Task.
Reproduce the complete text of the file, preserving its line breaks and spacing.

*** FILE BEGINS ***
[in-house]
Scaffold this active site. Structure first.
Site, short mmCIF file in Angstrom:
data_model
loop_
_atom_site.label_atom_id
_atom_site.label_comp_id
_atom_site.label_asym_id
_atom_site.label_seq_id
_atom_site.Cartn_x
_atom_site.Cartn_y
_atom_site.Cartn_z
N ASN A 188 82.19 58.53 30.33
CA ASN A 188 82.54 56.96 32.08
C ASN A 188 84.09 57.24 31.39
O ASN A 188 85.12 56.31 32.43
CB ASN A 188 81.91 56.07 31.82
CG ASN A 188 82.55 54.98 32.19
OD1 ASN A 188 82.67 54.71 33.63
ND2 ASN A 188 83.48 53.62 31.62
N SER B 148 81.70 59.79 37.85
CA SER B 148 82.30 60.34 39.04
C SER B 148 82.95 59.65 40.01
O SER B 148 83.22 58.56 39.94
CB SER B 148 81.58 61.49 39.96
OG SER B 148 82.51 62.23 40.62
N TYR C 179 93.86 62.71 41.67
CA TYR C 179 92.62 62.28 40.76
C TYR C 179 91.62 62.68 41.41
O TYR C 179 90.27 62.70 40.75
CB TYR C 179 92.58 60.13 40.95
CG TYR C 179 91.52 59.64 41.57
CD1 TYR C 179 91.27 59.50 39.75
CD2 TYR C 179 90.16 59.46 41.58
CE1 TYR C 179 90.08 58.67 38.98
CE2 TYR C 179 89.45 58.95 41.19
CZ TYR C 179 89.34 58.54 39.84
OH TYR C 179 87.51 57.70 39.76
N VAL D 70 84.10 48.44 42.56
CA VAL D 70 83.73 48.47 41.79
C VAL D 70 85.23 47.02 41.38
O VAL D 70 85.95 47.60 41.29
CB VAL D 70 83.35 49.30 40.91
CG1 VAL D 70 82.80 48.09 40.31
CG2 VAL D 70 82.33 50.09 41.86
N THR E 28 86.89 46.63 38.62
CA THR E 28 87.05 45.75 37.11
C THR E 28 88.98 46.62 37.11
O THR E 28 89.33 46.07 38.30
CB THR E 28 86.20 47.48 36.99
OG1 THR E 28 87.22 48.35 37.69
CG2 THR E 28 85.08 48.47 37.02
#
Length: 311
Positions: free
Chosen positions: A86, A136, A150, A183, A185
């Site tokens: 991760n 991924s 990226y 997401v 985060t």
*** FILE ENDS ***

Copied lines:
[in-house]
Scaffold this active site. Structure first.
Site, short mmCIF file in Angstrom:
data_model
loop_
_atom_site.label_atom_id
_atom_site.label_comp_id
_atom_site.label_asym_id
_atom_site.label_seq_id
_atom_site.Cartn_x
_atom_site.Cartn_y
_atom_site.Cartn_z
N ASN A 188 82.19 58.53 30.33
CA ASN A 188 82.54 56.96 32.08
C ASN A 188 84.09 57.24 31.39
O ASN A 188 85.12 56.31 32.43
CB ASN A 188 81.91 56.07 31.82
CG ASN A 188 82.55 54.98 32.19
OD1 ASN A 188 82.67 54.71 33.63
ND2 ASN A 188 83.48 53.62 31.62
N SER B 148 81.70 59.79 37.85
CA SER B 148 82.30 60.34 39.04
C SER B 148 82.95 59.65 40.01
O SER B 148 83.22 58.56 39.94
CB SER B 148 81.58 61.49 39.96
OG SER B 148 82.51 62.23 40.62
N TYR C 179 93.86 62.71 41.67
CA TYR C 179 92.62 62.28 40.76
C TYR C 179 91.62 62.68 41.41
O TYR C 179 90.27 62.70 40.75
CB TYR C 179 92.58 60.13 40.95
CG TYR C 179 91.52 59.64 41.57
CD1 TYR C 179 91.27 59.50 39.75
CD2 TYR C 179 90.16 59.46 41.58
CE1 TYR C 179 90.08 58.67 38.98
CE2 TYR C 179 89.45 58.95 41.19
CZ TYR C 179 89.34 58.54 39.84
OH TYR C 179 87.51 57.70 39.76
N VAL D 70 84.10 48.44 42.56
CA VAL D 70 83.73 48.47 41.79
C VAL D 70 85.23 47.02 41.38
O VAL D 70 85.95 47.60 41.29
CB VAL D 70 83.35 49.30 40.91
CG1 VAL D 70 82.80 48.09 40.31
CG2 VAL D 70 82.33 50.09 41.86
N THR E 28 86.89 46.63 38.62
CA THR E 28 87.05 45.75 37.11
C THR E 28 88.98 46.62 37.11
O THR E 28 89.33 46.07 38.30
CB THR E 28 86.20 47.48 36.99
OG1 THR E 28 87.22 48.35 37.69
CG2 THR E 28 85.08 48.47 37.02
#
Length: 311
Positions: free
Chosen positions: A86, A136, A150, A183, A185
């Site tokens: 991760n 991924s 990226y 997401v 985060t």